Which 3 Types Of Patents Are Recognized by the USPTO?

If you have an idea for an invention, do you know what a patent is? How about the different types of patents?

Patents protect the mechanisms, principles and components of an invention. According to the United States Patent and Trademark Office (USPTO), a patent for an invention is defined as “the grant of a property right to the inventor.”

Patents are issued by the USPTO, but not on the same level as frequently filed intellectual property like trademarks and copyrights. Fewer entrepreneurs are in need of patents the way they would require a trademark, which protects unique words and designs that identify a business, or copyrights, which safeguards original creative works like TV shows and sculptures.

What entrepreneurs and inventors may not realize is that there is no one-size-fits-all approach to filing a patent for an invention. The USPTO recognizes three different types of patents in existence:

  1. Utility patents
  2. Design patents
  3. Plant patents

What does each one do and how do you know if your invention requires this type of patent? Let’s take a closer look to see which patent you may register.

Related: 10 Reasons to Patent Your Startup’s New Invention

Utility patents

What’s the definition?

A utility patent is one of the most commonly filed applications with the USPTO. This patent is granted to individuals that invent or discover a new and useful process, machine, article of manufacture, or composition of matter.

How do I know my invention needs a utility patent?

Look to the definition to decide if your invention should be classified as a utility patent.

Some examples of inventions that may be granted a utility patent include software, like a new search engine, or fashion, such as a specific style of sneakers. Utility patents may also be granted to inventions where there are new and useful improvements, too.

What else should I know?

Utility patents and plant patents (which we will get to shortly) have the option to file as a provisional or nonprovisional application.

What’s the difference between the two terms?

Provisional applications are a low-cost patent filing. This allows applicants to establish a filing date in the U.S. for their invention and claim the invention with a nonprovisional application filed later.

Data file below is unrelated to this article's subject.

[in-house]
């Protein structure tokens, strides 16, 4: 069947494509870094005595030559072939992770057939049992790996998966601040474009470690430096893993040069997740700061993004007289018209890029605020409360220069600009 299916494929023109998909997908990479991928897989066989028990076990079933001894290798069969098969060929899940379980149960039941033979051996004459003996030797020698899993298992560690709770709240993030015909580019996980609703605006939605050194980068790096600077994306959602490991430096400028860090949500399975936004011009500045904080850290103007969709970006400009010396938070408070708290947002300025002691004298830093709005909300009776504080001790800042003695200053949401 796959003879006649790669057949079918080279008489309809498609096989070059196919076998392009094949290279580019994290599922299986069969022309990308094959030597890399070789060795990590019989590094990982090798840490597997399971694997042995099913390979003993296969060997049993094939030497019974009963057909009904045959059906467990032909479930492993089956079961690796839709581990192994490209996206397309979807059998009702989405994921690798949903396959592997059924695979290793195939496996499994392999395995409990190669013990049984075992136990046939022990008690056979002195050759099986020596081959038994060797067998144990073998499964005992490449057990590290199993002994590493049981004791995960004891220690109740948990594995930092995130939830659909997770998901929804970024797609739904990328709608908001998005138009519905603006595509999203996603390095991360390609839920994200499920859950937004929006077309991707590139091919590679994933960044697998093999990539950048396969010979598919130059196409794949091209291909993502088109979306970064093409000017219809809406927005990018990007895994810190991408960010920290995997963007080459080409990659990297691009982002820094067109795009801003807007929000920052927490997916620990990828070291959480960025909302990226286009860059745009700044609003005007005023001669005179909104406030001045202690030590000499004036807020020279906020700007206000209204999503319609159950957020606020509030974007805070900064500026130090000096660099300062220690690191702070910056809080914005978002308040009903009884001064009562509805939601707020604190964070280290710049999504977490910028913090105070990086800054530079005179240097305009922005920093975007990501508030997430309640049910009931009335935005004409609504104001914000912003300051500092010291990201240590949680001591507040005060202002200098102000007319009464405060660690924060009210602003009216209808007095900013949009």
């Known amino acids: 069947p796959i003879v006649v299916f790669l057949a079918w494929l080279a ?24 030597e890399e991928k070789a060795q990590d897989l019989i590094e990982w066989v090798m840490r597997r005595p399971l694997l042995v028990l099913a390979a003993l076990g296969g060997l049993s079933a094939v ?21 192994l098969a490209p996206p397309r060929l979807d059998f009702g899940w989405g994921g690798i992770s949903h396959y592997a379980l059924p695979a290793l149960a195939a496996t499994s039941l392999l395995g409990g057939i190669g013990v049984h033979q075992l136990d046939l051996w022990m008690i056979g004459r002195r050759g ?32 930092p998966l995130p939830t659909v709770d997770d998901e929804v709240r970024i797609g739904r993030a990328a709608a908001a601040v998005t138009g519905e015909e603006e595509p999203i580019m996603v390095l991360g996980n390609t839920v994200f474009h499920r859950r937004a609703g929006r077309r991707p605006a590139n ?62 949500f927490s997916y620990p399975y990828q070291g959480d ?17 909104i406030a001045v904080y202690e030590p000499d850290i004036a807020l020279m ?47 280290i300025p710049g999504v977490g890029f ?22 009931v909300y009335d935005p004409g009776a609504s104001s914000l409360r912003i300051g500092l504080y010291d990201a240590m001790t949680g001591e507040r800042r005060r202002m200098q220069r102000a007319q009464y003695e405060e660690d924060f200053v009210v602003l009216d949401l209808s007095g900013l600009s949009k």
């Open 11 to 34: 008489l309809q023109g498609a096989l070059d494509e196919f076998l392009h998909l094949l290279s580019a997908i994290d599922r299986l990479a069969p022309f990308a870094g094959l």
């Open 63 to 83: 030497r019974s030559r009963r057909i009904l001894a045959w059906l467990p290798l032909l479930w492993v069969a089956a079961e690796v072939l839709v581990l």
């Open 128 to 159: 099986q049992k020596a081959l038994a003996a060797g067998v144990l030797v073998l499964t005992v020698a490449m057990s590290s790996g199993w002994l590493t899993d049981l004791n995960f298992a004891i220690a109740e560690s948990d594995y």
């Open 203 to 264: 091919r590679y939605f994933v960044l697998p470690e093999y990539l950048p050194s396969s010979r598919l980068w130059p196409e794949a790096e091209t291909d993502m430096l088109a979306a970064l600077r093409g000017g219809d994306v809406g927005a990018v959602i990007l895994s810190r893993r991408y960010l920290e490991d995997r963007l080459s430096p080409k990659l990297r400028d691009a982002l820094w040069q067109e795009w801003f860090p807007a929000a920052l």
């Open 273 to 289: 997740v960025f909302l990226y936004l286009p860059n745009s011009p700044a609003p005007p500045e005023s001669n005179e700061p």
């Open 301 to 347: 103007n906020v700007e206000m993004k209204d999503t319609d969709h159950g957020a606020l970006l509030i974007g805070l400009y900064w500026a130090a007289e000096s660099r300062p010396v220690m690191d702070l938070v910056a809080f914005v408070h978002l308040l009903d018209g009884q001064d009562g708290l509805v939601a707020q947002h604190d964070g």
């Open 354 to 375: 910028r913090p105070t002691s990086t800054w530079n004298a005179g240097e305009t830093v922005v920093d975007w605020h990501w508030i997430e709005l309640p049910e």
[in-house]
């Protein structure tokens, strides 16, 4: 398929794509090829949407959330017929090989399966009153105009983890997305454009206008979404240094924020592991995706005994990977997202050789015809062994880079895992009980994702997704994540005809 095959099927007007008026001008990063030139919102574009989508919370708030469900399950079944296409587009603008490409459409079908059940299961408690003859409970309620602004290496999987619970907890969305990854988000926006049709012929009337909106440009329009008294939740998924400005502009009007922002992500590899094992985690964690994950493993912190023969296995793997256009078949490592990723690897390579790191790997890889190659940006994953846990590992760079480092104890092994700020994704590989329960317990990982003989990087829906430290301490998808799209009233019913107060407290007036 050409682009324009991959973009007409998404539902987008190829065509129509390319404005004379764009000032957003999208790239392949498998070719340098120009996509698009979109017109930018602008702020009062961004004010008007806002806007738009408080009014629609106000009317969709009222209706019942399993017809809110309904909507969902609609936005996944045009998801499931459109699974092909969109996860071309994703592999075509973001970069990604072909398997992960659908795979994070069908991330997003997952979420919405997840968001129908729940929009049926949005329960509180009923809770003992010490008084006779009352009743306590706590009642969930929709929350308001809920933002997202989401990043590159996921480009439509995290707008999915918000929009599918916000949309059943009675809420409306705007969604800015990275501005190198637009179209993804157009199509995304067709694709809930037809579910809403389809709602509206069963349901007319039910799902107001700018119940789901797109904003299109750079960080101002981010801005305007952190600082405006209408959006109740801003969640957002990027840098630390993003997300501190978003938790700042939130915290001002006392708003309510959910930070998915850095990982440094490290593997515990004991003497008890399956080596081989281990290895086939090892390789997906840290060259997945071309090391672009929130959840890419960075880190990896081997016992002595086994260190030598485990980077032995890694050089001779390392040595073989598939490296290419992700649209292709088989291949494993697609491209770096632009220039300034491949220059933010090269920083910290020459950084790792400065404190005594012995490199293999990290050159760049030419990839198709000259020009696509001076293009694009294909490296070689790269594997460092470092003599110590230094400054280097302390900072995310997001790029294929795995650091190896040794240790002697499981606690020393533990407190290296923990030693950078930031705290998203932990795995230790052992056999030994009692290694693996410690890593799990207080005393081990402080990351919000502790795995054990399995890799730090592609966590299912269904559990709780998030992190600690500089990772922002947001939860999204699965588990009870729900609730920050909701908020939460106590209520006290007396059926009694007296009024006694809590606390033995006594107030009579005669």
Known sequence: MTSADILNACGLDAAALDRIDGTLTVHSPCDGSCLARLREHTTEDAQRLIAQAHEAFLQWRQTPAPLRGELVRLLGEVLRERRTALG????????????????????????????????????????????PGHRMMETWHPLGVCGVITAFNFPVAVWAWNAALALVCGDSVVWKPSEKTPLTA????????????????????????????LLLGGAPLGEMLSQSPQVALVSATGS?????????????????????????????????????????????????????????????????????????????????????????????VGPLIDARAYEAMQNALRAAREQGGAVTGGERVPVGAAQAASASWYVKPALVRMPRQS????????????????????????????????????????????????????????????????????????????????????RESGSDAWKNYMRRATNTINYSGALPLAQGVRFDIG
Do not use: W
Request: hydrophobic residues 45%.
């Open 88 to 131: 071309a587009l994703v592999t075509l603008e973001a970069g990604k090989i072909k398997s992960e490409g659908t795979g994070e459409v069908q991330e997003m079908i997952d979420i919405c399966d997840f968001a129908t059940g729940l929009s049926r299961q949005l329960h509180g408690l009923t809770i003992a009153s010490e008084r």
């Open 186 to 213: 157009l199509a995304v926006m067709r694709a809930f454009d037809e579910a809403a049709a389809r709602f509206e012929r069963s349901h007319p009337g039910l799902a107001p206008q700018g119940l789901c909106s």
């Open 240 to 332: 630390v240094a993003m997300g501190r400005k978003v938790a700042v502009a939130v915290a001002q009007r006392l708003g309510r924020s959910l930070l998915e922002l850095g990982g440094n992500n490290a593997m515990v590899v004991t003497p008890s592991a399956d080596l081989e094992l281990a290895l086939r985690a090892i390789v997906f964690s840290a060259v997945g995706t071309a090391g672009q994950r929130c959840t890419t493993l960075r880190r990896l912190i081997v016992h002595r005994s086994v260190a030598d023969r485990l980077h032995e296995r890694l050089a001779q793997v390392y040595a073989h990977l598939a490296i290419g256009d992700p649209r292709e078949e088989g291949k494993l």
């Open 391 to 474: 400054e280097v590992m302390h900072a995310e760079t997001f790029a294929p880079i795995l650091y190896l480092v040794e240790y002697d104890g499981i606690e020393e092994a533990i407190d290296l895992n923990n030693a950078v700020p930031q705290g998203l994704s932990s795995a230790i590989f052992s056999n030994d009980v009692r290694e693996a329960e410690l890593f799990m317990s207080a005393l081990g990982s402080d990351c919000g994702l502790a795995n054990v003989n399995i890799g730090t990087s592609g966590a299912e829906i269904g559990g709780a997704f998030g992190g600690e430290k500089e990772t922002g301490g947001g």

Nonprovisional applications are looked over closely by a patent examiner and may be issued if the requirements for patentability are met by the patent. Typically, utility patents file nonprovisional applications with the USPTO. Once a utility patent has been granted to its inventor, it protects the invention for 20 years from its application filing date.

Related: Incorporate Your Business Through StartupNation

Design patents

What’s the definition?

Did you invent a new and/or ornamental design for an article of manufacture? You’re eligible to register for a design patent.

How do I know my invention needs a design patent?

Although it sounds a little similar to a utility patent, design patents stand out because of their ornamental designs applied to an article of manufacture. Design patents are issued to protect the article’s look and appearance, whereas a utility patent protects the use of an article. Think aesthetically pleasing designs on furniture and jewelry.

What else should I know?

You receive more than a decade’s worth of protection with a design patent. Once a design patent has been granted to an inventor, its term lasts for 14 years.

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Plant patents

What’s the definition?

If you invented, discovered, or asexually reproduced (by means other than from seeds) a new or distinct type of plant, you may register for a plant patent.

How do I know my invention needs a plant patent?

The answer to this question goes a little bit beyond growing a new type of flower in your garden.

The USPTO specifies that plant patent protection is limited to certain organisms. These include living plant organisms, cultivated hybrids or transformed plants (where hybrids are natural), and algae and macro-fungi. Bacteria and edible tuber reproduced plants, like potatoes, would not be eligible for a plant patent. A plant mutant may receive a plant patent, but only if it was discovered in a cultivated area.

What else should I know?

Plant patents also follow the same rules as utility patents to file as a provisional or nonprovisional application. The inventor who files their plant patent application must also be the same person who invented, or reproduced, the plant in question. Those plants that receive a plant patent are protected for 20 years, much like a utility patent.

Now that you have a better idea of which type of patent you need to register your product with, your new invention will be properly protected as you move forward.

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